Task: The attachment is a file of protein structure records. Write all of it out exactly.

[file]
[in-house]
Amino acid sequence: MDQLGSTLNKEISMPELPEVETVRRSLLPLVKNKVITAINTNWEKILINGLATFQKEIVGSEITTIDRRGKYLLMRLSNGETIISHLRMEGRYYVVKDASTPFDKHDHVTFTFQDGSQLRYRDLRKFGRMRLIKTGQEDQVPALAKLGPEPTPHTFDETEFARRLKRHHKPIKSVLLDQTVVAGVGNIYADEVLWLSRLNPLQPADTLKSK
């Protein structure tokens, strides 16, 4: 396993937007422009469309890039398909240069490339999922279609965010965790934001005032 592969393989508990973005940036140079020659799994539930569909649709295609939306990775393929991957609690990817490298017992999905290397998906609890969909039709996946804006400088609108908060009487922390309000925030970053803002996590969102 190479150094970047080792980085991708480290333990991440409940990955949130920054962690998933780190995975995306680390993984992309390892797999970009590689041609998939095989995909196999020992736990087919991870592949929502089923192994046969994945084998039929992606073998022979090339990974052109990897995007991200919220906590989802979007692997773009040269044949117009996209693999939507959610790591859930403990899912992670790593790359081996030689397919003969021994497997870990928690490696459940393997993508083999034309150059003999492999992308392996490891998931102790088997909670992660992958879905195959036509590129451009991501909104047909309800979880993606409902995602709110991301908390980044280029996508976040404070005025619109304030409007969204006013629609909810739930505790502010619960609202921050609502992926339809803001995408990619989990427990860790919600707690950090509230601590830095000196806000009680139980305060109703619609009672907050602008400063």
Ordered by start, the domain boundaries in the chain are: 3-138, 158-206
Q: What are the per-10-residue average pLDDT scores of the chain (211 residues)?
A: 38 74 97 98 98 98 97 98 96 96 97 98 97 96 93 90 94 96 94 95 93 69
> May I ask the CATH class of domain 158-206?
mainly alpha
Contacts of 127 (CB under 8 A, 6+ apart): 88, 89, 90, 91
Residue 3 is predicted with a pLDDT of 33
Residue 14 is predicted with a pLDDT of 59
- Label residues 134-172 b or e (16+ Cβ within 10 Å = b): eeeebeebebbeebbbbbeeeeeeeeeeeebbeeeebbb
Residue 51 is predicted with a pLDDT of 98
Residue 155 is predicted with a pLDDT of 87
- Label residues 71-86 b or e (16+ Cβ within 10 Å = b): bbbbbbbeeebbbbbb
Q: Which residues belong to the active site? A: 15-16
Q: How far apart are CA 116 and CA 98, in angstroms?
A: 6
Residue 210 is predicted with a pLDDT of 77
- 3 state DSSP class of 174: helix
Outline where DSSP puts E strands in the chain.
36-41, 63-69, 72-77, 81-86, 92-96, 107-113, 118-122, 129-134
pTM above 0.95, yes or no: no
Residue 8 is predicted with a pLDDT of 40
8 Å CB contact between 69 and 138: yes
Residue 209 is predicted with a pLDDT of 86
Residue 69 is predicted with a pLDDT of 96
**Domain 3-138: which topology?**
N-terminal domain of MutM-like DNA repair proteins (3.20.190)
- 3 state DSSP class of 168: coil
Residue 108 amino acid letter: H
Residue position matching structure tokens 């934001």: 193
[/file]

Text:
[in-house]
Amino acid sequence: MDQLGSTLNKEISMPELPEVETVRRSLLPLVKNKVITAINTNWEKILINGLATFQKEIVGSEITTIDRRGKYLLMRLSNGETIISHLRMEGRYYVVKDASTPFDKHDHVTFTFQDGSQLRYRDLRKFGRMRLIKTGQEDQVPALAKLGPEPTPHTFDETEFARRLKRHHKPIKSVLLDQTVVAGVGNIYADEVLWLSRLNPLQPADTLKSK
């Protein structure tokens, strides 16, 4: 396993937007422009469309890039398909240069490339999922279609965010965790934001005032 592969393989508990973005940036140079020659799994539930569909649709295609939306990775393929991957609690990817490298017992999905290397998906609890969909039709996946804006400088609108908060009487922390309000925030970053803002996590969102 190479150094970047080792980085991708480290333990991440409940990955949130920054962690998933780190995975995306680390993984992309390892797999970009590689041609998939095989995909196999020992736990087919991870592949929502089923192994046969994945084998039929992606073998022979090339990974052109990897995007991200919220906590989802979007692997773009040269044949117009996209693999939507959610790591859930403990899912992670790593790359081996030689397919003969021994497997870990928690490696459940393997993508083999034309150059003999492999992308392996490891998931102790088997909670992660992958879905195959036509590129451009991501909104047909309800979880993606409902995602709110991301908390980044280029996508976040404070005025619109304030409007969204006013629609909810739930505790502010619960609202921050609502992926339809803001995408990619989990427990860790919600707690950090509230601590830095000196806000009680139980305060109703619609009672907050602008400063």
Ordered by start, the domain boundaries in the chain are: 3-138, 158-206
Q: What are the per-10-residue average pLDDT scores of the chain (211 residues)?
A: 38 74 97 98 98 98 97 98 96 96 97 98 97 96 93 90 94 96 94 95 93 69
> May I ask the CATH class of domain 158-206?
mainly alpha
Contacts of 127 (CB under 8 A, 6+ apart): 88, 89, 90, 91
Residue 3 is predicted with a pLDDT of 33
Residue 14 is predicted with a pLDDT of 59
- Label residues 134-172 b or e (16+ Cβ within 10 Å = b): eeeebeebebbeebbbbbeeeeeeeeeeeebbeeeebbb
Residue 51 is predicted with a pLDDT of 98
Residue 155 is predicted with a pLDDT of 87
- Label residues 71-86 b or e (16+ Cβ within 10 Å = b): bbbbbbbeeebbbbbb
Q: Which residues belong to the active site? A: 15-16
Q: How far apart are CA 116 and CA 98, in angstroms?
A: 6
Residue 210 is predicted with a pLDDT of 77
- 3 state DSSP class of 174: helix
Outline where DSSP puts E strands in the chain.
36-41, 63-69, 72-77, 81-86, 92-96, 107-113, 118-122, 129-134
pTM above 0.95, yes or no: no
Residue 8 is predicted with a pLDDT of 40
8 Å CB contact between 69 and 138: yes
Residue 209 is predicted with a pLDDT of 86
Residue 69 is predicted with a pLDDT of 96
**Domain 3-138: which topology?**
N-terminal domain of MutM-like DNA repair proteins (3.20.190)
- 3 state DSSP class of 168: coil
Residue 108 amino acid letter: H
Residue position matching structure tokens 């934001």: 193